In late September (23rd-28th) we are going to do a tour of an fantastic part of America, The Badlands, Custer State Park, The Black Hills, and Spearfish Canyon! Last year I was honored to be the keynote address presenter at the Black Hills Shootout, which was a blast by-the-way! I went early to spend a few days in the Badlands and then toured around the region and found a wealth of great things to shoot! The Badlands is so much like the Palouse, just brown, instead of green, a graphic feast for composing interesting images! The area all around the Badlands is a great region for sharpening your landscape skills.
Custer State Park has the largest herds of Bison in America, and the Black Hills are unique and beautiful!
We will be in the region just in time for their beautiful fall colors!
And the water scenics in Spearfish Canyon are some of the most beautiful I’ve ever shot!
This small group workshop (limited to 10) will be a wonderful trip, and we have a few spots open, so if interested, give me a call and I will fill you in on the details! (606)-528-6119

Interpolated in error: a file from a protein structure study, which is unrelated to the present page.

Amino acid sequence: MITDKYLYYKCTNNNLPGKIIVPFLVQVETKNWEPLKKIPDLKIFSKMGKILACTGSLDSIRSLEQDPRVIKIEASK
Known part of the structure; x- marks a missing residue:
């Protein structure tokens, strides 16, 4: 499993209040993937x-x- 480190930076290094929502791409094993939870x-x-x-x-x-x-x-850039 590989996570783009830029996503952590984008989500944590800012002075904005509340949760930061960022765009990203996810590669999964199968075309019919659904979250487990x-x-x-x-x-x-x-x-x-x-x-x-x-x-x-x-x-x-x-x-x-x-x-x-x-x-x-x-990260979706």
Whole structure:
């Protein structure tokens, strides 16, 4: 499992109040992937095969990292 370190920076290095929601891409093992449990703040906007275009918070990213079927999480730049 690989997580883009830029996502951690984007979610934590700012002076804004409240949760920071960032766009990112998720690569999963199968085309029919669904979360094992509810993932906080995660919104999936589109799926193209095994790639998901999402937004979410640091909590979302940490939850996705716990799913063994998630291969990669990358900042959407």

This entry was posted on Monday, July 7th, 2014 at 10:04 pm
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IN CONGRESS, July 4, 1776.
The unanimous Declaration of the thirteen united States of America,
When in the Course of human events, it becomes necessary for one people to dissolve the political bands which have connected them with another, and to assume among the powers of the earth, the separate and equal station to which the Laws of Nature and of Nature’s God entitle them, a decent respect to the opinions of mankind requires that they should declare the causes which impel them to the separation.